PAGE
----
By: Angela Fieler, MPA, CMQ/OE, Senior Consultant
In his new book, Justin Bariso set out to inspire people like me, who measured their emotional intelligence but didn’t really apply the concepts. In short, his goal is to “provide you with the strategies you need to put your EQ to work.” I’d say he hit it out of the park. By the time I got to Chapter 2 – which is jam-packed with practical tools to help you build self-awareness and practice self-management – I had ordered a hard copy and now dedicate time every week to learn how to control my thoughts and help me manage my emotions.
In the first two chapters, Bariso sets the stage by defining emotional intelligence and explaining why it matters, especially in today’s world. He goes on to lay a clear path for developing your EQ. The chapter titles are both specific and self-explanatory. The chapters themselves are full of great exercises (Bariso says “try this”) and self-reflective questions that help you create “case studies of your own behavior.” The stories and examples resonate. I probably shouldn’t admit that I started with two different highlighters to distinguish between what related to my personal life and what related to my professional life. By the end of Chapter 2, I realized that I have one life to which I should apply these strategies.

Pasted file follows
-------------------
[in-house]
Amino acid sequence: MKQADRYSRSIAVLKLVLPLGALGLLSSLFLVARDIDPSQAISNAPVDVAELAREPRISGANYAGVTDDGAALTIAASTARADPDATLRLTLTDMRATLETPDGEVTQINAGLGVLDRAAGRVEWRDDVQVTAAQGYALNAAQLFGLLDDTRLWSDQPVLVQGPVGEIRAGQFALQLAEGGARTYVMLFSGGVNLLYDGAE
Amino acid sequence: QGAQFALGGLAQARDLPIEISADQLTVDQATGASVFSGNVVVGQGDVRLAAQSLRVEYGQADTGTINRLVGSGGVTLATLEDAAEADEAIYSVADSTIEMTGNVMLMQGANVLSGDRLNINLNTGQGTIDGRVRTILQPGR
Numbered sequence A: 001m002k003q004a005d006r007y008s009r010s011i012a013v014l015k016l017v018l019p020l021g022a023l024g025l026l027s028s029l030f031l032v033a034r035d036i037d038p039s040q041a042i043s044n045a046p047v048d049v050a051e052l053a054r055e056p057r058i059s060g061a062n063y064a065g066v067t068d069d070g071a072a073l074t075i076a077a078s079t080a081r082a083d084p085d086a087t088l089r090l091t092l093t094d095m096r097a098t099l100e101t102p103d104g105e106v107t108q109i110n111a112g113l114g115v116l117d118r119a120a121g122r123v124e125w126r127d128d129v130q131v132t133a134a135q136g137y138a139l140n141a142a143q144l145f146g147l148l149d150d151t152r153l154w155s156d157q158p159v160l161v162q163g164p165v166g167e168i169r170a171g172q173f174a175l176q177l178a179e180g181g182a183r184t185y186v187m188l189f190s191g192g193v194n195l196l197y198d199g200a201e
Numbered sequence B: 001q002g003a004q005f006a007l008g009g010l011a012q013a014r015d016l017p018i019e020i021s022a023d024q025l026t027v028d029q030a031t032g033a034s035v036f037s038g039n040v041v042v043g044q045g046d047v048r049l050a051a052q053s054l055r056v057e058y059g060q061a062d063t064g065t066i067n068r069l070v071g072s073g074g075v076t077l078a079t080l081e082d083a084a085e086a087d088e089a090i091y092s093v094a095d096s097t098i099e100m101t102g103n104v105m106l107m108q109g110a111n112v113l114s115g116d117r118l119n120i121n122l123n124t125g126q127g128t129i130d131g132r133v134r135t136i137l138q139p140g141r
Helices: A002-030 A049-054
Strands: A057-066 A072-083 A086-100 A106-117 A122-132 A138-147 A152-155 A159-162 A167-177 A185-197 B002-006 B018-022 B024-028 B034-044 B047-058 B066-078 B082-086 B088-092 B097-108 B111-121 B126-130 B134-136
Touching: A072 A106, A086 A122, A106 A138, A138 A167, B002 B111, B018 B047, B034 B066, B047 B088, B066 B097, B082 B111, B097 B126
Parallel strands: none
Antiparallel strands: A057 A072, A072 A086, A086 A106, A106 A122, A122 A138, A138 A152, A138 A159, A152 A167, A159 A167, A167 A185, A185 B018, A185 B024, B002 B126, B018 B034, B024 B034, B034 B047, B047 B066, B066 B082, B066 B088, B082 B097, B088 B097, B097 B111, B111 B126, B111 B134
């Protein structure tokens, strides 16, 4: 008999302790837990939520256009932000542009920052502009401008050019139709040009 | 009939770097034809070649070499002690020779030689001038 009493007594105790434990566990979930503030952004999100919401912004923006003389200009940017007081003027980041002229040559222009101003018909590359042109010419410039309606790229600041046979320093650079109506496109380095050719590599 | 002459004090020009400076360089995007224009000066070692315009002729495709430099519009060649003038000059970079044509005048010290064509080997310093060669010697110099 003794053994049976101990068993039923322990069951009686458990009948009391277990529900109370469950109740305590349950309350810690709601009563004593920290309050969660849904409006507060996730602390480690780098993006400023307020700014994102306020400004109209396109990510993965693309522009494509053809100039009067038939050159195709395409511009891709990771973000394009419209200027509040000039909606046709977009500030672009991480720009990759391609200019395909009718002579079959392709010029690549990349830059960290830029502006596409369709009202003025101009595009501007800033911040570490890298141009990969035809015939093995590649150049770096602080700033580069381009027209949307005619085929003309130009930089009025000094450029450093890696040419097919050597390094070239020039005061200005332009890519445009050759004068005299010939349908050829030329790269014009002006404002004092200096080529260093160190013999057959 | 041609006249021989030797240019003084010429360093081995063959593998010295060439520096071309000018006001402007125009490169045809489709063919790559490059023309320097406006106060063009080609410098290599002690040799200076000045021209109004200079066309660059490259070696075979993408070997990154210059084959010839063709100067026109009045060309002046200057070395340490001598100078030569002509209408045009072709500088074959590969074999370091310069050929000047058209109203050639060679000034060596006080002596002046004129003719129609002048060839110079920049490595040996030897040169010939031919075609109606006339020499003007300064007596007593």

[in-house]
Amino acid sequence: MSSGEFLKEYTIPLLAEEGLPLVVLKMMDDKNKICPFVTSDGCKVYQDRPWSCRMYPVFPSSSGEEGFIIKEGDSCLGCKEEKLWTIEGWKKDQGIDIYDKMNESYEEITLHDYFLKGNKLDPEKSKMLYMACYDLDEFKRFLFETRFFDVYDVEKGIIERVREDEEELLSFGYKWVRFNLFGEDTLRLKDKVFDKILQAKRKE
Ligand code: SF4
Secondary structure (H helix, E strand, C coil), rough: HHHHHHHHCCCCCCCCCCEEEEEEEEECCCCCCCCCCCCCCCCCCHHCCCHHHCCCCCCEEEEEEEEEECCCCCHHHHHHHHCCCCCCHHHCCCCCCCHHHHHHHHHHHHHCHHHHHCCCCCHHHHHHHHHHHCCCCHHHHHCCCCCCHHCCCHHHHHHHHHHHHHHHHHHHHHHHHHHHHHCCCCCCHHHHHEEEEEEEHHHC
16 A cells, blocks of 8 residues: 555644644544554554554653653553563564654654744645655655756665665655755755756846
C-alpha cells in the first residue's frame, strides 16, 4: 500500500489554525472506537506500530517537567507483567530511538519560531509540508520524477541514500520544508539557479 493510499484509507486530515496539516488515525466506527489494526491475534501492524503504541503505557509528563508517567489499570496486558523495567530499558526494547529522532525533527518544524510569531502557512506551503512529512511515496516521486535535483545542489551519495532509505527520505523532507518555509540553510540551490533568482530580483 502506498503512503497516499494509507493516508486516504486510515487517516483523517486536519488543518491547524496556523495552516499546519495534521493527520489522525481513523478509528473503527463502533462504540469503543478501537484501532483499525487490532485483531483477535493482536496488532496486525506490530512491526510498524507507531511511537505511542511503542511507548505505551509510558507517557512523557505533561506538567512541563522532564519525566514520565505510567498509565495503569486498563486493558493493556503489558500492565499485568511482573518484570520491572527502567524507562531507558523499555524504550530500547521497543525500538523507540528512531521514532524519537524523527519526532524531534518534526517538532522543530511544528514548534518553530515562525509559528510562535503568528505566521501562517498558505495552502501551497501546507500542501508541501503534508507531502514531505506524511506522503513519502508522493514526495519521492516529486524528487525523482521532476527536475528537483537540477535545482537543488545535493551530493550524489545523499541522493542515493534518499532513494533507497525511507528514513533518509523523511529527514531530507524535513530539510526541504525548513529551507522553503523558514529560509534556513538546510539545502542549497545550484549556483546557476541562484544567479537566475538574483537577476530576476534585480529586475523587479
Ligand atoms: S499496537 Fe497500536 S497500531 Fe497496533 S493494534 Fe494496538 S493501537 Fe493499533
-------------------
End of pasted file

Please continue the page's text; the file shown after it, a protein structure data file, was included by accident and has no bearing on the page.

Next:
As a sidebar, one of the best measures of emotional and team intelligence that I’ve found comes from SurePeople. Their tools not only measure emotional intelligence but provide ongoing support for personal and team improvement necessary for employee engagement. I highly recommend checking it out.
I am an “active reader,” which means my hard copy of the book is now tagged, highlighted and scribbled all over. My journal is full of answers to the self-reflective questions and what happened when I tried what the author suggested. As a result, I don’t just think I am improving my ability to understand and manage my emotions, I’ve asked for and received feedback from those closest to me to help me on my journey and to confirm that I’m making progress. If you are more of a browser, I would suggest you read the Introduction – if that doesn’t motivate you, I don’t know what will – and then jump to the Appendix: The Ten Commandments of Emotional Intelligence. If you are interested in improving your patients’ and employees’ experiences, read Chapters 5 and 7, which cover empathy and trust respectively. And, finally, if you are trying to develop a culture of service, which is built on trust and fueled by empathy, call us at the Baird Group to discuss how our training and consulting services can help you.